[thoughts from ~burning woman~ by Sha’Tara]
Moon and stars vie for splendor
in a night sky of long ago.
It was the open prairies then,
icy snow glistening for miles around
echoing the cold crackles of ice sheets
sinking under relentless cold.
Out by the frozen pond
a skeletal cottonwood stands,
stark against the wan moonlight,
the great horned owl on a top branch
repeating his “Who? Who-who? Who!
keeping the answer to himself.
Smoke lazily rises, then settles
losing heat, mantling a straw stack
where the cattle have burrowed
to find their proximate warmth
knowing the late morning sun
will have none to give.
Far away, on the coulee trestle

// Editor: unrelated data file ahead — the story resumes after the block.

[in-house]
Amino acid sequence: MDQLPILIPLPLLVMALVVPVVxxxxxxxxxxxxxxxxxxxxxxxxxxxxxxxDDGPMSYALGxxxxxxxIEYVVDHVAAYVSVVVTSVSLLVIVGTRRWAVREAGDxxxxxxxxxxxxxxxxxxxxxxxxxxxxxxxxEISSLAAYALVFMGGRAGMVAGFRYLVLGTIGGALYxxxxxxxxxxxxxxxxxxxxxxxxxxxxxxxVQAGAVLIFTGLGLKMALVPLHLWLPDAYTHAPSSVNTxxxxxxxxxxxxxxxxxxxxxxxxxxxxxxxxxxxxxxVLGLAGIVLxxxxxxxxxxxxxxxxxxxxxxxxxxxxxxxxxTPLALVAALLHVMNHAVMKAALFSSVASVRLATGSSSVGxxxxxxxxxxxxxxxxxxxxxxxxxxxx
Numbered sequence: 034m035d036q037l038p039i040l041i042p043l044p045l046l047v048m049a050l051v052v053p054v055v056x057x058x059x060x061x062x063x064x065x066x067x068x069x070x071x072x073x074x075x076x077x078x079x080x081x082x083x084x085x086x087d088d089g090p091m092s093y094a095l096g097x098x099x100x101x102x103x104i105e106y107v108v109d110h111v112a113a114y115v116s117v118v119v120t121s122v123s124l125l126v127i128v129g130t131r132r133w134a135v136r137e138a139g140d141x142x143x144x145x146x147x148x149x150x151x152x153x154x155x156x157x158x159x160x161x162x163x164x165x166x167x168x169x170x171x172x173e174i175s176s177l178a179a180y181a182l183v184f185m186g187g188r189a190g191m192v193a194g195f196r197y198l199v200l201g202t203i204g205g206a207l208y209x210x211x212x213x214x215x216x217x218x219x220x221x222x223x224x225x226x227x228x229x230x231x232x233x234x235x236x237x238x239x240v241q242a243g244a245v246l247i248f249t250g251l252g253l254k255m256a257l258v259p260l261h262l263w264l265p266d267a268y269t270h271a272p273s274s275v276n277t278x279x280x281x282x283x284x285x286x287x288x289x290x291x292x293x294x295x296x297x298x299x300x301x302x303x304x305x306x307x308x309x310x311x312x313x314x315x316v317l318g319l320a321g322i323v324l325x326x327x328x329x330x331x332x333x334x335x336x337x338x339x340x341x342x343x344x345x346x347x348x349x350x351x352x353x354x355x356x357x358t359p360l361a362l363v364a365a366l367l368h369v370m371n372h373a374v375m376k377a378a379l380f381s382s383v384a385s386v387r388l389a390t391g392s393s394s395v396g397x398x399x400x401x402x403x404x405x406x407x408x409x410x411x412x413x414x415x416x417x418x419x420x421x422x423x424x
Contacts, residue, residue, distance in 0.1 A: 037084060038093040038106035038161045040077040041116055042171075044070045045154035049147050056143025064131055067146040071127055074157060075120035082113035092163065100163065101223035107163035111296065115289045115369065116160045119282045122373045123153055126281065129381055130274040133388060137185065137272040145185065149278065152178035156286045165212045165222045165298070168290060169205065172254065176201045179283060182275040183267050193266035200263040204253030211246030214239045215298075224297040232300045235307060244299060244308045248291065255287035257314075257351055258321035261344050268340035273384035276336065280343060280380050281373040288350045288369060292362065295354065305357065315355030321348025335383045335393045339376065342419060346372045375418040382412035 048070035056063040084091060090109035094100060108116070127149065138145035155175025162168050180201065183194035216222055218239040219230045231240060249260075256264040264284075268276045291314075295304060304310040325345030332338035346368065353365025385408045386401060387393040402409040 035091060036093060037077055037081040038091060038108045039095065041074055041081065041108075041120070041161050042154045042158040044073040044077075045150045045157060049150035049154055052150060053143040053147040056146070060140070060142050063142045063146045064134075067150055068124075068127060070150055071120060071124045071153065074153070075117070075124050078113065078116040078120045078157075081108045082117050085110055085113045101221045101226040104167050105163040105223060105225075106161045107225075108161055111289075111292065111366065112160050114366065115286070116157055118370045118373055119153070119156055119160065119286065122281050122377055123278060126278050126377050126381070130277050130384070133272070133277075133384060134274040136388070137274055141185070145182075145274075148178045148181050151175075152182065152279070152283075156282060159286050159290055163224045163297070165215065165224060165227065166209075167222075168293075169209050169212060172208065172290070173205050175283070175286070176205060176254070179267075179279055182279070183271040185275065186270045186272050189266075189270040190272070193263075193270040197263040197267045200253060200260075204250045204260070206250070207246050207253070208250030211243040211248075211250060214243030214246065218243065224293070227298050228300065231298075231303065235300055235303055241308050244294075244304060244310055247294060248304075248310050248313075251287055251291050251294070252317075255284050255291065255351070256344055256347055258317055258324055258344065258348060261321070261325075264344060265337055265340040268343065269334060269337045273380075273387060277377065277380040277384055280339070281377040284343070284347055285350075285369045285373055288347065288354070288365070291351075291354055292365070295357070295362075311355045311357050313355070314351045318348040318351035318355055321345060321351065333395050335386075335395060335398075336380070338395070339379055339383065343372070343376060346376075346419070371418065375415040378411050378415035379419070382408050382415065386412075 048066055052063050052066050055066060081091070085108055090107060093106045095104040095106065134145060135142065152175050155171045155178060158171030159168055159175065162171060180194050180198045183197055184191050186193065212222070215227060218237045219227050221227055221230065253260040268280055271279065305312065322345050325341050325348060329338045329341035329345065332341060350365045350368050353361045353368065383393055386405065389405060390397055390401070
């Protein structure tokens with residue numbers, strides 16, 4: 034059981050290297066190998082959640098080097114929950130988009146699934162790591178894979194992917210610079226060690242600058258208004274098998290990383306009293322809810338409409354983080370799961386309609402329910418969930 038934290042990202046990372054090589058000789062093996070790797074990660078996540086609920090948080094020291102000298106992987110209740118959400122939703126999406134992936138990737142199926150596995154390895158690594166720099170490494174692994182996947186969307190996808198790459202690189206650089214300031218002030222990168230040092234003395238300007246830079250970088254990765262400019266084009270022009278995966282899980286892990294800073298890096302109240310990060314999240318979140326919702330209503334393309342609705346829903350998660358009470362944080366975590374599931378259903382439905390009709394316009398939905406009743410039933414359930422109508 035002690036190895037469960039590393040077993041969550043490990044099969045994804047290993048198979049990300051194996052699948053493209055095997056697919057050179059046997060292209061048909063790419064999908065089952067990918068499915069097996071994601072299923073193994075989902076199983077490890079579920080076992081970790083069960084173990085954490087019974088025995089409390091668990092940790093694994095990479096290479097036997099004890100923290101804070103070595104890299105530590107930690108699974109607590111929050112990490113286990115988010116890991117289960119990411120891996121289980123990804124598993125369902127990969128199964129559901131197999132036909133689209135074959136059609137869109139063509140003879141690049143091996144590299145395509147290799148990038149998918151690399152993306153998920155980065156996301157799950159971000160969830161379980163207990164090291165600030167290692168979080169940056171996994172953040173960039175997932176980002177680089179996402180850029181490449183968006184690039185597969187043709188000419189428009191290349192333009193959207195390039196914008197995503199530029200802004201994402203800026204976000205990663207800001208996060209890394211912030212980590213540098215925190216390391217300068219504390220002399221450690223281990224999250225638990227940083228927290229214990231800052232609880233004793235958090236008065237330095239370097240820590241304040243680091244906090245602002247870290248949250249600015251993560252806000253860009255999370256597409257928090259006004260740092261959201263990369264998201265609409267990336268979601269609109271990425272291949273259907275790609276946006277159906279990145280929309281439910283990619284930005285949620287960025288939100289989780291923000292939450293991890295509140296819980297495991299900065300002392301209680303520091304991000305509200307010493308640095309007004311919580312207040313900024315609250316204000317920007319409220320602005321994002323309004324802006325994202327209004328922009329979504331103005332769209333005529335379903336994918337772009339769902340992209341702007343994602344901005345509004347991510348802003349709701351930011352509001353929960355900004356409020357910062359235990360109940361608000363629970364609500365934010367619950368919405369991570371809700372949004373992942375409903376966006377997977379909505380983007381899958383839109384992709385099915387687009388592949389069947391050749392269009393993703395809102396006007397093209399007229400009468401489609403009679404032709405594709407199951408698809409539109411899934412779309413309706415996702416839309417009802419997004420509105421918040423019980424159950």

the coal-fired NAR train rumbles
then lets out its eerie call:
a dinosaur knowing its time
is past and its death near,
a couple of coyotes join in,
“Yap, yap-yap-yap, Aoooo!”
These memories of mine,
what stirs them tonight?
What does my mind know
that it feels so restless?
Is the owl calling my name
beyond the woods, the river
this night? “Who, who-who?”
Is the answer: it is I?
And if it is, is the call
A welcome one? A reprieve?
All those days I have wondered,
Are they coming to their end
As things of earth must?
Do I long for such an end?
(NAR: Northern Alberta Railway)
(There is a belief among the central coast people of British Columbia who call themselves the ‘Kwakwaka’wakw nation, that there is a time when you can hear the owl call your name. When that happens, you are about to die. Margaret Craven wrote a fiction novel, “I Heard the Owl Call my Name” on this belief in the 1960’s – Wikepedia link: https://en.wikipedia.org/wiki/I_Heard_the_Owl_Call_My_Name)